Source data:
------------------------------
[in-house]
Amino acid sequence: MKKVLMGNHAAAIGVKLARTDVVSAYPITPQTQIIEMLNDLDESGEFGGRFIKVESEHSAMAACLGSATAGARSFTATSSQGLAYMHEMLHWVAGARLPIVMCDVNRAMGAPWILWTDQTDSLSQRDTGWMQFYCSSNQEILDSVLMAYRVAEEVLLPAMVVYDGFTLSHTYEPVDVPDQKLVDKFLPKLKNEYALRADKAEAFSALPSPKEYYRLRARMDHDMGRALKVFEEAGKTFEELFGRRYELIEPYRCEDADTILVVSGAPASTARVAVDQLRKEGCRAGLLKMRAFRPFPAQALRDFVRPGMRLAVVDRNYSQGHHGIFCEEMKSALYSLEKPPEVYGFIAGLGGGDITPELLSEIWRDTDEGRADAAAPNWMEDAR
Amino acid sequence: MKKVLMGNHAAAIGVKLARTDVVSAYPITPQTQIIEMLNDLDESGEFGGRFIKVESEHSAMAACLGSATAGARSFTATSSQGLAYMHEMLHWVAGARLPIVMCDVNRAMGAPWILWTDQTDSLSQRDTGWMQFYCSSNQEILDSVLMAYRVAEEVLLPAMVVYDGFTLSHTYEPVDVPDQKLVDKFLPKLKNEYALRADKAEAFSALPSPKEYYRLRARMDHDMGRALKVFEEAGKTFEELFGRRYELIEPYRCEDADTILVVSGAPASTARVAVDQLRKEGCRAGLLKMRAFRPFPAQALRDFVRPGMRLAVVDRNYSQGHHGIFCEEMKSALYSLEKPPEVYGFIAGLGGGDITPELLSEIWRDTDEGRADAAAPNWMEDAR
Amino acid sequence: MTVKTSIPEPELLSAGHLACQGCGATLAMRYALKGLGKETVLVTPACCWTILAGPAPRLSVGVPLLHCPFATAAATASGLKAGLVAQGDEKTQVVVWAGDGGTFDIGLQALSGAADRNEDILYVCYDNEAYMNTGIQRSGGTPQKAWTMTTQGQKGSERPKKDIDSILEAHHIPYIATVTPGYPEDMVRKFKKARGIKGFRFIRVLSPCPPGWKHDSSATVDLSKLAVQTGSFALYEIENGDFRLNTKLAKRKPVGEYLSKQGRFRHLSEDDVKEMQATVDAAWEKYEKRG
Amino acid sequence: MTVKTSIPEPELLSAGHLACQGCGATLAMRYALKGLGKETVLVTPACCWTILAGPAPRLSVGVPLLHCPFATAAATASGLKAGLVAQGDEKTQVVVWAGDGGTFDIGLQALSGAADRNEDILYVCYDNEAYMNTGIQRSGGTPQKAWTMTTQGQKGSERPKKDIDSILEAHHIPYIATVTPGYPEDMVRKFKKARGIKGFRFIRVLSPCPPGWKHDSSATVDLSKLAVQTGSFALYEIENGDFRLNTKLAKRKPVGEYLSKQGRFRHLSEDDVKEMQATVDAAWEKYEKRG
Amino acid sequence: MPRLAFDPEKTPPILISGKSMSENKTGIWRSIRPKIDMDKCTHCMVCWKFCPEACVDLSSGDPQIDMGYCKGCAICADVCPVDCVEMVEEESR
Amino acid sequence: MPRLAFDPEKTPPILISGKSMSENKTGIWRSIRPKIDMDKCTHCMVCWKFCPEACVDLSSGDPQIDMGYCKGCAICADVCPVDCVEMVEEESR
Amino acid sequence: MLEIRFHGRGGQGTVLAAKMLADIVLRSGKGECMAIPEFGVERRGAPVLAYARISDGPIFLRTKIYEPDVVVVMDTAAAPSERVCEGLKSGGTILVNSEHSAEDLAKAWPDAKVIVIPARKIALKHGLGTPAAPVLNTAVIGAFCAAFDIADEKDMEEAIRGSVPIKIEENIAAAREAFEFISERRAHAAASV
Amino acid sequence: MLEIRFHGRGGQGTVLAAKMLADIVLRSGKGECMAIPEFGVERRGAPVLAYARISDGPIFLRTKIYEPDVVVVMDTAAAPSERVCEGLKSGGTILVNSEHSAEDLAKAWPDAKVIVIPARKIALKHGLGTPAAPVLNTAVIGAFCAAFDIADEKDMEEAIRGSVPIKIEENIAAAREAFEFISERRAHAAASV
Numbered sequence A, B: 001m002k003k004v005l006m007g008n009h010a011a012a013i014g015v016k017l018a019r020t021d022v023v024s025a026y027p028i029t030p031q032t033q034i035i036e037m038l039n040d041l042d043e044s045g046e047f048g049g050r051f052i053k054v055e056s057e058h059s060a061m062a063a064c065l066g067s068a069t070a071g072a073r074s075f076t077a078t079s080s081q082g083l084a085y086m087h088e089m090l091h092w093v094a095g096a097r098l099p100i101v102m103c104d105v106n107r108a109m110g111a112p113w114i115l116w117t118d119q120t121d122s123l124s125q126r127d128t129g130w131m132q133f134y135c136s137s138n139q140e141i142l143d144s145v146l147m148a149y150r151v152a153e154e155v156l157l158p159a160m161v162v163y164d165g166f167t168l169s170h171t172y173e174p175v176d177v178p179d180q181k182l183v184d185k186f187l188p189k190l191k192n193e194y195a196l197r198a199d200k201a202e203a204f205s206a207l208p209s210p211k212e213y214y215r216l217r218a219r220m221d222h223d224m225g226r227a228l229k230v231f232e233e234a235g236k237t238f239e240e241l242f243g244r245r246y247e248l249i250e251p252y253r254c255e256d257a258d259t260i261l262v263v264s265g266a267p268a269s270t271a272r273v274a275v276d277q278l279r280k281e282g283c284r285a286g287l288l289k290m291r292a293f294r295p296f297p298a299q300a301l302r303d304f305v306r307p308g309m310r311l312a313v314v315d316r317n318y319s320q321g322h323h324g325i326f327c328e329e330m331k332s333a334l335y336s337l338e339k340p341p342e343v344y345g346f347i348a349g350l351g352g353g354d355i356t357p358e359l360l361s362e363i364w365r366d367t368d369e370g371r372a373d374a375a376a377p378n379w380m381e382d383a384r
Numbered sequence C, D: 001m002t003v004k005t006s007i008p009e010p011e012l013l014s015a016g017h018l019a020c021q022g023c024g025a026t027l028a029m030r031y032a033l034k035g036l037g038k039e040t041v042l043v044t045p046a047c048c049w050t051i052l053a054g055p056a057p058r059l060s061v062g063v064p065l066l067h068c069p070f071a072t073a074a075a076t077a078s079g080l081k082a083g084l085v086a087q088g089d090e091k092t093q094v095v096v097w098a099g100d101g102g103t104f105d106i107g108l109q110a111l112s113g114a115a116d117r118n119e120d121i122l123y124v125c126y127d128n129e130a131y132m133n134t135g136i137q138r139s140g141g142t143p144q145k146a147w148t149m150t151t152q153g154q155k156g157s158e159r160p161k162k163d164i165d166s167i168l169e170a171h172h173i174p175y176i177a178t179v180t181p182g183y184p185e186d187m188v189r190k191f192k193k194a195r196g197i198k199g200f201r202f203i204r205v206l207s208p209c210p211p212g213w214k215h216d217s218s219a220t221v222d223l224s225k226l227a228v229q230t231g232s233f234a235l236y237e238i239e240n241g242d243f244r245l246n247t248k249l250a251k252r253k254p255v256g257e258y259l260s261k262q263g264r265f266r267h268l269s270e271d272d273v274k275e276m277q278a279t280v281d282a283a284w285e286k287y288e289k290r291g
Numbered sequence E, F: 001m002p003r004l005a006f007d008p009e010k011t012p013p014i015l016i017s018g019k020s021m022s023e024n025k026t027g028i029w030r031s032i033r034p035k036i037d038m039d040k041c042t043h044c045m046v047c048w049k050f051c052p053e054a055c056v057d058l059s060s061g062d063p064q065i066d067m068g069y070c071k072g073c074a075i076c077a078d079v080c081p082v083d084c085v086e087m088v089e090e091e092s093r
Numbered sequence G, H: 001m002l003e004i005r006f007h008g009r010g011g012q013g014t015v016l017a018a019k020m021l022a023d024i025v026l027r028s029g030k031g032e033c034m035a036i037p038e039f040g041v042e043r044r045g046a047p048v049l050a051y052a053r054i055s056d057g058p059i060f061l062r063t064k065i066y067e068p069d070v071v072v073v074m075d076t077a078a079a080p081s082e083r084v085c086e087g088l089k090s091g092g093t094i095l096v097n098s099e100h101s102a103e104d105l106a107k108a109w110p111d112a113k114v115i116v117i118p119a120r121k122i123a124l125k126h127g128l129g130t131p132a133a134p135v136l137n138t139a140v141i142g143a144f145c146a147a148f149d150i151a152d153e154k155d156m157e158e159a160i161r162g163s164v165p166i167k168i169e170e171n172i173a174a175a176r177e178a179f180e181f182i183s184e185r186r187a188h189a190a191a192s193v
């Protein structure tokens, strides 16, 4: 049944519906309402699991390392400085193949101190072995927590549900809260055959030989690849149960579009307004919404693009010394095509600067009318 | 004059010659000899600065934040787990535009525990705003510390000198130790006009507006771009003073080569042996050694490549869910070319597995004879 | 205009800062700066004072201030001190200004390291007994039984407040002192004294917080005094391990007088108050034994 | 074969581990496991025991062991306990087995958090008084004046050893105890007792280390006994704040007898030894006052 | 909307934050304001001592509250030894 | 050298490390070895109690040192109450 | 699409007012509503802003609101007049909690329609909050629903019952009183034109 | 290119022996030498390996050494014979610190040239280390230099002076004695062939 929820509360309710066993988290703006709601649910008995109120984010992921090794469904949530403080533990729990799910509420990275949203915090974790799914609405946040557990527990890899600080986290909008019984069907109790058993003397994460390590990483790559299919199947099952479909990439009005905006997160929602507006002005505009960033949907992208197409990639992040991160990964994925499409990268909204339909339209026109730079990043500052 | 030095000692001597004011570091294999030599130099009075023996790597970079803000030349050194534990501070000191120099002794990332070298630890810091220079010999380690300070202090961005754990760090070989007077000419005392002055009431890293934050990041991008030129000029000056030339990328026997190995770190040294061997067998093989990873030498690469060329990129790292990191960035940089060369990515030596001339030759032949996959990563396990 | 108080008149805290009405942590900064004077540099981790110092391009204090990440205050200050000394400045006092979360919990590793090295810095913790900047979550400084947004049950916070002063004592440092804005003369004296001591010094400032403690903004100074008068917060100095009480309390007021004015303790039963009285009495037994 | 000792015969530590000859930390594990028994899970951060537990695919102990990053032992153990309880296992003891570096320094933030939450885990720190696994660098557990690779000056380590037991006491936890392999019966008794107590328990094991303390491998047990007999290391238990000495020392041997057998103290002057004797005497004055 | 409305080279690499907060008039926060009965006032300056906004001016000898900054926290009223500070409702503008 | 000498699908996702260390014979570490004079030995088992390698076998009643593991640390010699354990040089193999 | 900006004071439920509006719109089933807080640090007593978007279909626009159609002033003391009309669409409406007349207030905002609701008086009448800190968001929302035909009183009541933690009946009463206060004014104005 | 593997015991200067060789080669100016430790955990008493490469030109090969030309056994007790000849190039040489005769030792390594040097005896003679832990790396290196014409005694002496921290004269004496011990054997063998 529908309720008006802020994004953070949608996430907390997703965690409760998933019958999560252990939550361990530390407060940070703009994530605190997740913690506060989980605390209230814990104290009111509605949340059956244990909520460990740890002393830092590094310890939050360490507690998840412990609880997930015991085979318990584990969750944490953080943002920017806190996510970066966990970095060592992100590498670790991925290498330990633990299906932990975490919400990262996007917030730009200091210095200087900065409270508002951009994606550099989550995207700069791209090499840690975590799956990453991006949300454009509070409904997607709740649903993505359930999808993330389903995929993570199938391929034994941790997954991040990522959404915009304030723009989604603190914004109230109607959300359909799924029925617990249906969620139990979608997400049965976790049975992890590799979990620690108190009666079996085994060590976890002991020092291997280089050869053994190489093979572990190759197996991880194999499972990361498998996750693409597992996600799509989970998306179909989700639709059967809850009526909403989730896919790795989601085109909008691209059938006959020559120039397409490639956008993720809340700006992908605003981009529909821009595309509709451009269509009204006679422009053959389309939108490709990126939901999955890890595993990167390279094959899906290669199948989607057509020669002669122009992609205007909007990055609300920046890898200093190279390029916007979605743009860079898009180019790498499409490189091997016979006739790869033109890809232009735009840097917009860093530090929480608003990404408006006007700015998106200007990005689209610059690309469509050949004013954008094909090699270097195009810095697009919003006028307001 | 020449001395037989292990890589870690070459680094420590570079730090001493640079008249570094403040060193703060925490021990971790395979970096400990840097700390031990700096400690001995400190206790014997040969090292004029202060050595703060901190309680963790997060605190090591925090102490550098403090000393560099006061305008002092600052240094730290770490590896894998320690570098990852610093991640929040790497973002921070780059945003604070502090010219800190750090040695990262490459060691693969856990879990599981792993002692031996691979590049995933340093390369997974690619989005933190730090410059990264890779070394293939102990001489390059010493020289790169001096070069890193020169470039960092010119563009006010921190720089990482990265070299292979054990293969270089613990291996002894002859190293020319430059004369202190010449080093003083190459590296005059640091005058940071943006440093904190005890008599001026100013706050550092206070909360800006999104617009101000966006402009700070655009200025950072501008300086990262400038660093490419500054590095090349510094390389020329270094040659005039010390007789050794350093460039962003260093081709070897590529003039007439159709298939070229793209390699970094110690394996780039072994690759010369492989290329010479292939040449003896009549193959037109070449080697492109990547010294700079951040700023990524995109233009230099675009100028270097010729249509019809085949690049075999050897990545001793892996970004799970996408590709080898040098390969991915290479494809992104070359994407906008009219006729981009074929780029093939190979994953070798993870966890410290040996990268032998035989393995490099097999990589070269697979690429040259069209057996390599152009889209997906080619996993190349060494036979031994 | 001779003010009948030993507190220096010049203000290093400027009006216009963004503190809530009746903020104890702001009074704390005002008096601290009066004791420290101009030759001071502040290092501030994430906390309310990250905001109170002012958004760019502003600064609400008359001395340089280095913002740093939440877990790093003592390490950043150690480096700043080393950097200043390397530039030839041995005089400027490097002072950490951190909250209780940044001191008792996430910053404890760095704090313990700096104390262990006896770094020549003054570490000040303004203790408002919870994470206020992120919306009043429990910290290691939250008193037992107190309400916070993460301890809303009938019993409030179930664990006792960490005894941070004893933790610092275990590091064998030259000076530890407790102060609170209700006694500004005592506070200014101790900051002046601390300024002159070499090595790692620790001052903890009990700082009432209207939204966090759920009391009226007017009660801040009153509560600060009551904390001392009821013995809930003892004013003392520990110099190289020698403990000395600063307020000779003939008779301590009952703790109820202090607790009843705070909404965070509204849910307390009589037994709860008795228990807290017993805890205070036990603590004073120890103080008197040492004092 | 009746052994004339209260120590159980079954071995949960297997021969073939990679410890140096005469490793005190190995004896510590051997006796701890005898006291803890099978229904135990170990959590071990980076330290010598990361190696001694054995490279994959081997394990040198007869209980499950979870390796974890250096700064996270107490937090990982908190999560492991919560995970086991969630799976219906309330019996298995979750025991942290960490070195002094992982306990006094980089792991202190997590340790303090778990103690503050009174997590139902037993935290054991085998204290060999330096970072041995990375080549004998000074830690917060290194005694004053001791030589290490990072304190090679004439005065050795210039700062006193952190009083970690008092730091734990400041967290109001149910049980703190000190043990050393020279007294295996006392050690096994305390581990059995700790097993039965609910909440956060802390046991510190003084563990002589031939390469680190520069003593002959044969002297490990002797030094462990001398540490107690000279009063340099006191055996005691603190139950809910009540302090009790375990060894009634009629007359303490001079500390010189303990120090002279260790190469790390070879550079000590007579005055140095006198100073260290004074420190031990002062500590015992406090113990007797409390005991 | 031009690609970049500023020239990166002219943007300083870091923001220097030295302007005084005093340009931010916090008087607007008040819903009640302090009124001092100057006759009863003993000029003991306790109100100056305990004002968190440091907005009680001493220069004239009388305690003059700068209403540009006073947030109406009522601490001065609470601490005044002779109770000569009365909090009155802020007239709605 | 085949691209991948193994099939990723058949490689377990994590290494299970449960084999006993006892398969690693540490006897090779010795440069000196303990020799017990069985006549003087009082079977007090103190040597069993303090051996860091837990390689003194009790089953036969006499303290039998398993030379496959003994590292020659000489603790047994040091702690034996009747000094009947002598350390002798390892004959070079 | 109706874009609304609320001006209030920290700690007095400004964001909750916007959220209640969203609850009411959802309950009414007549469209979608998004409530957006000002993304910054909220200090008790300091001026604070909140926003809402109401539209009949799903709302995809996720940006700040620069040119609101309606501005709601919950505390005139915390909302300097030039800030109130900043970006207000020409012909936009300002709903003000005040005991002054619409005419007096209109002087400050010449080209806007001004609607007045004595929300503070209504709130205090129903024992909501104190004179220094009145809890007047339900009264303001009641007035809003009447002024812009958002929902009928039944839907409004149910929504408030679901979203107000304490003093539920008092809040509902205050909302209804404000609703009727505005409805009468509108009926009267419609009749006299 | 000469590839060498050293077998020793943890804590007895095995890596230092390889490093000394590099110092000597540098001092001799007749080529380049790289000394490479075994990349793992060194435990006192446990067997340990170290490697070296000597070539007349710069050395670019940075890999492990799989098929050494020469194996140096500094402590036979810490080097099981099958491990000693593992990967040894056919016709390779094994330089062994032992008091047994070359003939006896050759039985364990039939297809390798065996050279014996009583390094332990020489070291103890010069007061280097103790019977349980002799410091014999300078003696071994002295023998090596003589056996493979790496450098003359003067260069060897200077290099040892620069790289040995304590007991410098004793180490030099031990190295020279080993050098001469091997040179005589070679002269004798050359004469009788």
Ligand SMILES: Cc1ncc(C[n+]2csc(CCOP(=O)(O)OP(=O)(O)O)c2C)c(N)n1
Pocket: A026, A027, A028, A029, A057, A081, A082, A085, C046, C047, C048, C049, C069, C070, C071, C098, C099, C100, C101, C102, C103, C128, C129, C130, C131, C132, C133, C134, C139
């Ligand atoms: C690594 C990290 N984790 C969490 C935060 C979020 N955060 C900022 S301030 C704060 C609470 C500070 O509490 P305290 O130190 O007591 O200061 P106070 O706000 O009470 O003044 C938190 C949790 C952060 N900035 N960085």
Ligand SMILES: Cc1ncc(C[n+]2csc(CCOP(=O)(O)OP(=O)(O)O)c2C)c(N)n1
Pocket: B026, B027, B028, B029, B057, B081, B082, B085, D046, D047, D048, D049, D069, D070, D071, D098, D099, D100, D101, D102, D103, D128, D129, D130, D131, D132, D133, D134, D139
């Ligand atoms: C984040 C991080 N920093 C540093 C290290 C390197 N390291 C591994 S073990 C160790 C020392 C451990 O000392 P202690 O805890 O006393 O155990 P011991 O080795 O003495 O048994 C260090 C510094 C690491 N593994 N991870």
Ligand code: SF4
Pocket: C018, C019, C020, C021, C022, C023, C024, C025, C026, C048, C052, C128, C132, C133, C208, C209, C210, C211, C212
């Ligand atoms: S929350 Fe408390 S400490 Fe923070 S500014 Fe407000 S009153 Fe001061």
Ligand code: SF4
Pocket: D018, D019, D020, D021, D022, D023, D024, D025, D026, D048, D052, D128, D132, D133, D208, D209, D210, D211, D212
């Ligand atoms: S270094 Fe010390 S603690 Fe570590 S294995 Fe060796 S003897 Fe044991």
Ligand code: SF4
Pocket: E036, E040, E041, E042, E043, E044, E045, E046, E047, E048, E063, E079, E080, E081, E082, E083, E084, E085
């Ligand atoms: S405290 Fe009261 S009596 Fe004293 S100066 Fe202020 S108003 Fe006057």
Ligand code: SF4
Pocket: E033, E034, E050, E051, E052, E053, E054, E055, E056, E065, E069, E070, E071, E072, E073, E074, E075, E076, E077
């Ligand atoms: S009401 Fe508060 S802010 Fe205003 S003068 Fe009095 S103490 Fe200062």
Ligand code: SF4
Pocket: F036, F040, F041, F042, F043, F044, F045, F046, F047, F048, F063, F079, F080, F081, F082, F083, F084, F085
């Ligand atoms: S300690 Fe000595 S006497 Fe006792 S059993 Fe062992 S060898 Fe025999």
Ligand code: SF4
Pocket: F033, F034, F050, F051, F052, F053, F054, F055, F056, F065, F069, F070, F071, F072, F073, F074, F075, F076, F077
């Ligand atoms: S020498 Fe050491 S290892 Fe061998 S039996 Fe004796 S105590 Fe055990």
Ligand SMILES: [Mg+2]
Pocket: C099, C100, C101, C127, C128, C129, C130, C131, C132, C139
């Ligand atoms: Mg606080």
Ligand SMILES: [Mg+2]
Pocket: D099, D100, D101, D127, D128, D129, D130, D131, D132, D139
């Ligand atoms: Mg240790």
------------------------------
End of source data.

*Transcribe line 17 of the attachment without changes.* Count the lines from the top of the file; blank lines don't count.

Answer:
């Ligand atoms: C690594 C990290 N984790 C969490 C935060 C979020 N955060 C900022 S301030 C704060 C609470 C500070 O509490 P305290 O130190 O007591 O200061 P106070 O706000 O009470 O003044 C938190 C949790 C952060 N900035 N960085």